Julian Clement Chase Prize Celebration

An evening celebrating the intellectual joys of living in and learning from the District of Columbia

The University Writing Program is proud to announce the 2021 Julian Clement Chase Prize with an evening celebrating the intellectual joys of living in and learning from the District of Columbia. The Prize Ceremony takes place online at the Conference for Community Writing. Attendance at the Prize Ceremony is free and open to the public. Register online in advance

Keynote speaker Brigette Rouson, principal of Rouson Associates, will bring an equity frame to organizational change in her talk, "Liberating Powers: Community Building in Word, in Deed.”

Then 2021 Prize winner Chase Kleber will present material from his prize-winning essay, "Sundays in the Park.” Analyzing the drum circles in DC’s Malcolm X/ Meridian Hill Park with a particular focus on sound, Kleber explains his project this way: “I seek to study space, specifically being Meridian Hill/Malcolm X Park – this designated, bordered, and monitored land – and I wish to encounter the various ways of being in it with a careful approach to sound. I highlight the importance of care, as I require methods beyond an objectifying imperial gaze.” Kleber’s thoughtful, creative, and frankly beautiful essay mirrors Julian Chase’s own love for exploring his city.

About the Award

The prize is named in honor and memory of Sgt. Julian Clement Chase, a native Washingtonian and graduate of Wilson High School who was serving with the United States Marine Corps in Afghanistan when he received word of his GW acceptance. He was set to enter in Spring 2013, but on Memorial Day 2012, at the age of 22, he was killed in action in Helmand Province. Julian knew and relished his city, and his family established this prize in his honor to recognize others who explore DC with the intelligence and exuberance he did. It recognizes undergraduate writers at the George Washington University who have looked around themselves and brought back fresh impressions and new knowledge about DC. The family intends the prize to recognize and honor appetite, boldness, the striving toward humane excellence, and the building of community.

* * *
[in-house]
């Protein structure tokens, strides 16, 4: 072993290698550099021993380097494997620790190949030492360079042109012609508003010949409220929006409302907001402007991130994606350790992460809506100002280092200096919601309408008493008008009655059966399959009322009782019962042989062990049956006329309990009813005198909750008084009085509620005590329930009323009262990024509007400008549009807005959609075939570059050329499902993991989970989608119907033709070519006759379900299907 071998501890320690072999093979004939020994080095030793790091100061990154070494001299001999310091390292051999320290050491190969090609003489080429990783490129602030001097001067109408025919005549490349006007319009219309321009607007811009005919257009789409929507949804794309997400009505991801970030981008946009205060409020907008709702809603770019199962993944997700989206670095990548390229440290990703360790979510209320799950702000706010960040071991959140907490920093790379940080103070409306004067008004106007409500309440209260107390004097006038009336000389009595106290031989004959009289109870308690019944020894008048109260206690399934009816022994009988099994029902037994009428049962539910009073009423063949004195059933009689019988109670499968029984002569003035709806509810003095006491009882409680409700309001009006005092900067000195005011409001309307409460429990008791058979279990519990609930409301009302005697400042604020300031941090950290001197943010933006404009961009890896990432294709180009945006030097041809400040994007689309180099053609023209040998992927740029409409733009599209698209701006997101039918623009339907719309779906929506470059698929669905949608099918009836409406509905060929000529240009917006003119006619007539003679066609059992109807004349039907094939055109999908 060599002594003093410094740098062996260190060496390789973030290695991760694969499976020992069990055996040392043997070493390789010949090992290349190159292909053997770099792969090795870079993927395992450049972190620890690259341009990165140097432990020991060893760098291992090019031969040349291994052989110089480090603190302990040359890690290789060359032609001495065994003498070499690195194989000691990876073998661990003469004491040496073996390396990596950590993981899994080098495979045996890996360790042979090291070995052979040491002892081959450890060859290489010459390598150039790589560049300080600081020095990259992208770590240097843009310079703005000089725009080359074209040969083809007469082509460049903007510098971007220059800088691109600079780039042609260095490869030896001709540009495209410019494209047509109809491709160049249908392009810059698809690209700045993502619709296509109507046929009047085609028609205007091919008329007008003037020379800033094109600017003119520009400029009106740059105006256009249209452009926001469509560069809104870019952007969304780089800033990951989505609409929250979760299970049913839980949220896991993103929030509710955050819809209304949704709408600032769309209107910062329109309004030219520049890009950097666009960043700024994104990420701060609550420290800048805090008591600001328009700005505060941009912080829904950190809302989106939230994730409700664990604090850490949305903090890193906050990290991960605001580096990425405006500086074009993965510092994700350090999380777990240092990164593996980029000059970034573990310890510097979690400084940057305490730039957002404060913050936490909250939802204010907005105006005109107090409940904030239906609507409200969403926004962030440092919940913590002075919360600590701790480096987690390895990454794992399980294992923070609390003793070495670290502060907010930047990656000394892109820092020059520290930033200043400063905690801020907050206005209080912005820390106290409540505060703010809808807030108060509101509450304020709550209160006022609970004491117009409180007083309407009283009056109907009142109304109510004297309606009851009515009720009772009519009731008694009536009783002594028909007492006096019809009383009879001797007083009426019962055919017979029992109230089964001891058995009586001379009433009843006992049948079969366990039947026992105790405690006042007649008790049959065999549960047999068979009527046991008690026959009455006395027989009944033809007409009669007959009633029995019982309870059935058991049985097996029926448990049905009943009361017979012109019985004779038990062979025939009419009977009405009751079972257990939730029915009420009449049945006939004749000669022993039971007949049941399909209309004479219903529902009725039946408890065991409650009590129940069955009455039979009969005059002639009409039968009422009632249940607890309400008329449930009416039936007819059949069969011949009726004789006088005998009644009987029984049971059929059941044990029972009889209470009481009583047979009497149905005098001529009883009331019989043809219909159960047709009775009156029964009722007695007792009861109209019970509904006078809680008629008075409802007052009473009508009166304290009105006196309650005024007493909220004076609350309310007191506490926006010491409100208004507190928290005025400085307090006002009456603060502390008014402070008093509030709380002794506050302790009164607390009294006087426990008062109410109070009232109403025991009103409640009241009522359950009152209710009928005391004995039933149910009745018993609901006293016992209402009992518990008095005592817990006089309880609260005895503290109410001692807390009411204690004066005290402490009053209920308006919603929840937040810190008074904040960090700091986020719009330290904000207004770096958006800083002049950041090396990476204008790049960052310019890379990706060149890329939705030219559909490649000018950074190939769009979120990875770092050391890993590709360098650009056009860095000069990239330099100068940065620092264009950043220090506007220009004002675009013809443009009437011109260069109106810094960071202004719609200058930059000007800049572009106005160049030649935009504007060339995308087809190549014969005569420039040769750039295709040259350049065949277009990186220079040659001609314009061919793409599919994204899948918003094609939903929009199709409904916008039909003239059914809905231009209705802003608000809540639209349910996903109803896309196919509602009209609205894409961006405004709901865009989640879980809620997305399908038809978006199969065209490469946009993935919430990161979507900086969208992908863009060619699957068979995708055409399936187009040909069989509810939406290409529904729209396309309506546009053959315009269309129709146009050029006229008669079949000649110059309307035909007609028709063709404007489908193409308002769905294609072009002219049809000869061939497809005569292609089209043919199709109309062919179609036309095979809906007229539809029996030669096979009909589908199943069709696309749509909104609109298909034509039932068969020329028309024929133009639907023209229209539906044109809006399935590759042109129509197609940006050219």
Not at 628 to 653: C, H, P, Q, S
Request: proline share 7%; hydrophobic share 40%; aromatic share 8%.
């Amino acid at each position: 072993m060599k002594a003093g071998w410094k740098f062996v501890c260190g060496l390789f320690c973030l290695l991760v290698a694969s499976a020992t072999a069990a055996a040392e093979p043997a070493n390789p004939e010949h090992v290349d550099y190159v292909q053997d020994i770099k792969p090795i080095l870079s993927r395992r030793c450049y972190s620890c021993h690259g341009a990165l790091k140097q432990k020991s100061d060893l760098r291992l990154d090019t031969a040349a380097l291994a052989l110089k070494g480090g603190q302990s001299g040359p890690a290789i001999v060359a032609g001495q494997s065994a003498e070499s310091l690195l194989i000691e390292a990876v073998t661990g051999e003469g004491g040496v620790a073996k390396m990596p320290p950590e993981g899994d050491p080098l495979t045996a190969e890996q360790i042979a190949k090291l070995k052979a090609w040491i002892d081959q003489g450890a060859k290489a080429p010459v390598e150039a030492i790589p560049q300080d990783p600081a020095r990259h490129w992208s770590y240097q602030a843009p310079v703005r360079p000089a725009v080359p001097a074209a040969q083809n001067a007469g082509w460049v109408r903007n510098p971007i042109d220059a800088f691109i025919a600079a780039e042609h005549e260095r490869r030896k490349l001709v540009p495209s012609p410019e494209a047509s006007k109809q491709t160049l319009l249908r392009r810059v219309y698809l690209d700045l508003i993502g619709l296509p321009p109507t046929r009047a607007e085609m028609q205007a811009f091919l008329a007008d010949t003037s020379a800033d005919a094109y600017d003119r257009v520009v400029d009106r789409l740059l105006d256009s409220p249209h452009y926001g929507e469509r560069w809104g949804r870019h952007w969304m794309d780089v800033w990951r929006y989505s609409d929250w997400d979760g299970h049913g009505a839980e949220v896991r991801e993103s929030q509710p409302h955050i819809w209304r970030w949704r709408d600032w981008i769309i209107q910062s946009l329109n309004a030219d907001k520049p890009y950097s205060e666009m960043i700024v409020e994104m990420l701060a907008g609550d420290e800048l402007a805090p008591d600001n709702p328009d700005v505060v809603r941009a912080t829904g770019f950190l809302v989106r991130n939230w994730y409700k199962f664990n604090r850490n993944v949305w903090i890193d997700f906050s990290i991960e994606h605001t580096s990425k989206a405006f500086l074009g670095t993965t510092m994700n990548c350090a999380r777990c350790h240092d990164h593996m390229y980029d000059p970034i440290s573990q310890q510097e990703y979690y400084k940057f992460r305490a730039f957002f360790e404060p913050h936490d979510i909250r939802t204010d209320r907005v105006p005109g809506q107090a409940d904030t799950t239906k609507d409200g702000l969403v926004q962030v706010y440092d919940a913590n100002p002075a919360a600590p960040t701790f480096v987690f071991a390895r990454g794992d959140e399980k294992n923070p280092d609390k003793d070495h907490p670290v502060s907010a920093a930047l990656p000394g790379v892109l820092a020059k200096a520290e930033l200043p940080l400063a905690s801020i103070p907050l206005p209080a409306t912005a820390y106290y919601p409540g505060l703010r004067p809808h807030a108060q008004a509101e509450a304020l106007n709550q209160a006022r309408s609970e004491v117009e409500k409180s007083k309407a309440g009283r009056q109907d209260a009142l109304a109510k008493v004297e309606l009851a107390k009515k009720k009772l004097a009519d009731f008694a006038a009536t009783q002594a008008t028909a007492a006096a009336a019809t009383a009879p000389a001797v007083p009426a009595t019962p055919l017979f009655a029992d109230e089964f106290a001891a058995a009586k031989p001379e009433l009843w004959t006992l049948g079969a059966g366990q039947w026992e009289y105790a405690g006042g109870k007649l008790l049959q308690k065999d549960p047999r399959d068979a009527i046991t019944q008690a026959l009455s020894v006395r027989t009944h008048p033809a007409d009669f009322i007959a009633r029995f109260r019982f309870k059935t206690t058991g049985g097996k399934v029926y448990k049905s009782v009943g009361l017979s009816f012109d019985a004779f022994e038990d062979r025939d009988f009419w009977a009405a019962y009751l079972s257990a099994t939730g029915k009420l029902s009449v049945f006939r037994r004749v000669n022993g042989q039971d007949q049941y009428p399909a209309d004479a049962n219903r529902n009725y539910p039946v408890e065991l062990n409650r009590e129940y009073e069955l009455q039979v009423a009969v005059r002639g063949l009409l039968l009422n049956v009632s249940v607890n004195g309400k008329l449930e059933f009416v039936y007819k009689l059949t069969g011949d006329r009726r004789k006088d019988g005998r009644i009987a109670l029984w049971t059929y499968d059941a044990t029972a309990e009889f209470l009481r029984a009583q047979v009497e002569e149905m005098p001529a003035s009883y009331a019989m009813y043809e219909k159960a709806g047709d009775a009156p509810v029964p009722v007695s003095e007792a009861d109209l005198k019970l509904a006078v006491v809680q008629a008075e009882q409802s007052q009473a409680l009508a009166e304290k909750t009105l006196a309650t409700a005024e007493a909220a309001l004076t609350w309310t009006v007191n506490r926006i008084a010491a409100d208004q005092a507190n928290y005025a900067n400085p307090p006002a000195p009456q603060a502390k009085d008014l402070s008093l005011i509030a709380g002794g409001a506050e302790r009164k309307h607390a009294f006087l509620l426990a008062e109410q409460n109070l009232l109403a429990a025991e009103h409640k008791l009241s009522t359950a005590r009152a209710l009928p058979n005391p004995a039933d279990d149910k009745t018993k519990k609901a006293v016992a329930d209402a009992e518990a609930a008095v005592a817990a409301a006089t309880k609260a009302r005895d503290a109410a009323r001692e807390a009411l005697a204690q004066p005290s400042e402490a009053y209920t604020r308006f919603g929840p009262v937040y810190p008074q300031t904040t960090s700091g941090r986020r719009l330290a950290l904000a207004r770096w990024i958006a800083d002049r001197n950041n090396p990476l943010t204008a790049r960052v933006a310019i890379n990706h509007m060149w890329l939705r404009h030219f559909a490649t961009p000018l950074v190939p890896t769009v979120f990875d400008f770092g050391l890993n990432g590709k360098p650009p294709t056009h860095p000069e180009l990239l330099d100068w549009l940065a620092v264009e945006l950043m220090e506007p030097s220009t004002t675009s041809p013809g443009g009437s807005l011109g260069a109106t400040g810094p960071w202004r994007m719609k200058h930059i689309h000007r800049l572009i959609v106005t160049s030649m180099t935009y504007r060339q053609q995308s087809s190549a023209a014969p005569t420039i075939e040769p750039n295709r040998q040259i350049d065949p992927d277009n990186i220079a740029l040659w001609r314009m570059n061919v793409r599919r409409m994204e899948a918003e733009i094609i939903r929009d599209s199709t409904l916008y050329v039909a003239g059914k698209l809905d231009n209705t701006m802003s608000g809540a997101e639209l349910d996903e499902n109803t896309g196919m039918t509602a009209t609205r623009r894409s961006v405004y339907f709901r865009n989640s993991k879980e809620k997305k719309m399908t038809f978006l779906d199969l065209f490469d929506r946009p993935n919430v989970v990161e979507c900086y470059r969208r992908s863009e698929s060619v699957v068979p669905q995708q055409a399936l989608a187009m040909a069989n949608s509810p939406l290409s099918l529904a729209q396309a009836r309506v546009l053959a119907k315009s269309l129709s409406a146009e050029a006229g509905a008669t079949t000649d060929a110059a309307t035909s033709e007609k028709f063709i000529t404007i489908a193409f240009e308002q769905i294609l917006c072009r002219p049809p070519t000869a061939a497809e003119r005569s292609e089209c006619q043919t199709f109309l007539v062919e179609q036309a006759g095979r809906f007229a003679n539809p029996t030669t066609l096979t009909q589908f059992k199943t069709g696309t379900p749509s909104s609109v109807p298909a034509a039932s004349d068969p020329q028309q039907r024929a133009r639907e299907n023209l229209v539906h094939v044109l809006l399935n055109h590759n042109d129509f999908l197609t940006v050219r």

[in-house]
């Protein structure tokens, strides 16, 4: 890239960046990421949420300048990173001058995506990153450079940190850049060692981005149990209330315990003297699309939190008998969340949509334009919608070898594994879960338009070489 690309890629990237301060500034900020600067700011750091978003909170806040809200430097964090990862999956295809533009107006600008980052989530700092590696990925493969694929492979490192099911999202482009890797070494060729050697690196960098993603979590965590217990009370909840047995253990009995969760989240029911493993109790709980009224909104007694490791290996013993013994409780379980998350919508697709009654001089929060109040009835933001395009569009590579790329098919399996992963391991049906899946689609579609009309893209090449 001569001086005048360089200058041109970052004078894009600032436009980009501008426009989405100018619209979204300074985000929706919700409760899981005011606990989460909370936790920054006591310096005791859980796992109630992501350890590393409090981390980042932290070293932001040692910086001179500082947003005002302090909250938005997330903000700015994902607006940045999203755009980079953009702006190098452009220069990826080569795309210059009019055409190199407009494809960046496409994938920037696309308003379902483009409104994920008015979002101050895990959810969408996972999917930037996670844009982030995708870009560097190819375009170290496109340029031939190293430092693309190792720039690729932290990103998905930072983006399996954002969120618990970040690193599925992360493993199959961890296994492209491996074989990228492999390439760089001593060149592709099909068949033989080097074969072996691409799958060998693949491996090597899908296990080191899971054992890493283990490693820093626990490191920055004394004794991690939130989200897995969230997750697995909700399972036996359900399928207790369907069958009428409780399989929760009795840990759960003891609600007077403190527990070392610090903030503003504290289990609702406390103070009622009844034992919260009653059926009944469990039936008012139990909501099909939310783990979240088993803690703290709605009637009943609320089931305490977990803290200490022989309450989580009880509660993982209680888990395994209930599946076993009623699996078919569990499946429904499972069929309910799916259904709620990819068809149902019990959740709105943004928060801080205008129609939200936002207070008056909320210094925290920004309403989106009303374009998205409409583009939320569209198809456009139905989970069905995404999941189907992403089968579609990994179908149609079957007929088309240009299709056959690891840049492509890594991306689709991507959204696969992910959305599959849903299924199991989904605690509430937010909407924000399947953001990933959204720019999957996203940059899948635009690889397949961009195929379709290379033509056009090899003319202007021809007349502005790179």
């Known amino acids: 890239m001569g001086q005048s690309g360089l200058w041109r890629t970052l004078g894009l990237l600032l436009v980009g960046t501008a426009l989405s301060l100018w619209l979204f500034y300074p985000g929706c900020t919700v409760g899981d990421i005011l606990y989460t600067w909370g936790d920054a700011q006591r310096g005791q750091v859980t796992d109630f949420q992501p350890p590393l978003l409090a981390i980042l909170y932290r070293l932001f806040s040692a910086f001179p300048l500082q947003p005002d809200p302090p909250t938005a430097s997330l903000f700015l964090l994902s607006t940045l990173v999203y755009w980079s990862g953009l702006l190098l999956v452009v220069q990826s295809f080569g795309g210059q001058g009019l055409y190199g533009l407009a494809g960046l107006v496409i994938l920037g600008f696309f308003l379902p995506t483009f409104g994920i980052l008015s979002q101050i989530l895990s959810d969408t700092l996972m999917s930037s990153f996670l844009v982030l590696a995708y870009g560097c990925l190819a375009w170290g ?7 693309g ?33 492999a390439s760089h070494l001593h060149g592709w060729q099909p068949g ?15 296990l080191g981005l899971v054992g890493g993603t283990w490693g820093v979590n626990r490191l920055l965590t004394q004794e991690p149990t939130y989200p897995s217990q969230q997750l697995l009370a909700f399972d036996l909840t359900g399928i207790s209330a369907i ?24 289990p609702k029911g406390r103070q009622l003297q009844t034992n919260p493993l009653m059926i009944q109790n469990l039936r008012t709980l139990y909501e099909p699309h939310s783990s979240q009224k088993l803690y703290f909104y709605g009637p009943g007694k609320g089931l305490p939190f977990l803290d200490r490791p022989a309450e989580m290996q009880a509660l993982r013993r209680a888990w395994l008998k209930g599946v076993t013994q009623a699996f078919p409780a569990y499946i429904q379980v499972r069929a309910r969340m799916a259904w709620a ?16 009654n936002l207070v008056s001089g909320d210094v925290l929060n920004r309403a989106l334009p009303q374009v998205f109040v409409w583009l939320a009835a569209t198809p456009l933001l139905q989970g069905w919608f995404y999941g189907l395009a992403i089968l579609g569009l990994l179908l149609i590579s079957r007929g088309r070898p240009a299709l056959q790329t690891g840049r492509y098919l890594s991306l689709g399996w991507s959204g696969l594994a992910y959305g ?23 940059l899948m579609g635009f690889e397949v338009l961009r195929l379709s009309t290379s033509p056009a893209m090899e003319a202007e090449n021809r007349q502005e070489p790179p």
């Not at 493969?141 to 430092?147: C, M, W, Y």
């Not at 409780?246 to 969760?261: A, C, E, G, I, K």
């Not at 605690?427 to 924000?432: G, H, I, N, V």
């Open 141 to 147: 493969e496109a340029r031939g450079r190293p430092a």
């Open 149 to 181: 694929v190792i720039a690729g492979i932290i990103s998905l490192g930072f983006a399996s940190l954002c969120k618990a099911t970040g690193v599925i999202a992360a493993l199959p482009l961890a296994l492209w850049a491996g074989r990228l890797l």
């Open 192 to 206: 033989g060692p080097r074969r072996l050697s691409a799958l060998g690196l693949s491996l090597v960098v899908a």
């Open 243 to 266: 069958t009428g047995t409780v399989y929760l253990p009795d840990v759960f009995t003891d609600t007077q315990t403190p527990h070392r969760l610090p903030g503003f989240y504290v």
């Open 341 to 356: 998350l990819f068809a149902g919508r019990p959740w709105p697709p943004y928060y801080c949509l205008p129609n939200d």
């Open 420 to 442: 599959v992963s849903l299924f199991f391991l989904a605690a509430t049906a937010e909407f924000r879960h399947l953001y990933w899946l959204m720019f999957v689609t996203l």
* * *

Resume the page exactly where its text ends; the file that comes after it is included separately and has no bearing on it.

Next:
Honorable Mention for 2021 goes to the Rethinking DC Youth and Policing Project, a collaboration by Bishop Walton, Kylie Foster, Ale D’agostino, Kourtney Buckner, Melanie Mata, Betty Hailu, Grace Tulley, Hannah Jackson, Camile Germinal, Jeily Bonilla, and Hanna Yalew. These ten scholars, working together with GW’s Black Student Union, the GW Nashman Center (GW’s hub for civic engagement), the Sociology Department, and the Metropolitan Police Department, are researching ways to drive down youth arrests in DC and divert children from the justice system. The projects are still in-progress, and we want to acknowledge how fully they meet the spirit of the Prize by linking GW research and resources with the concerns and communities within the city.

To interview prize winner Chase Kleber, or for more information, please contact Professor Ryder. For further background on Julian Clement Chase & the prize, please visit the University Writing Program page and read more from the Washington Post and the GW Hatchet.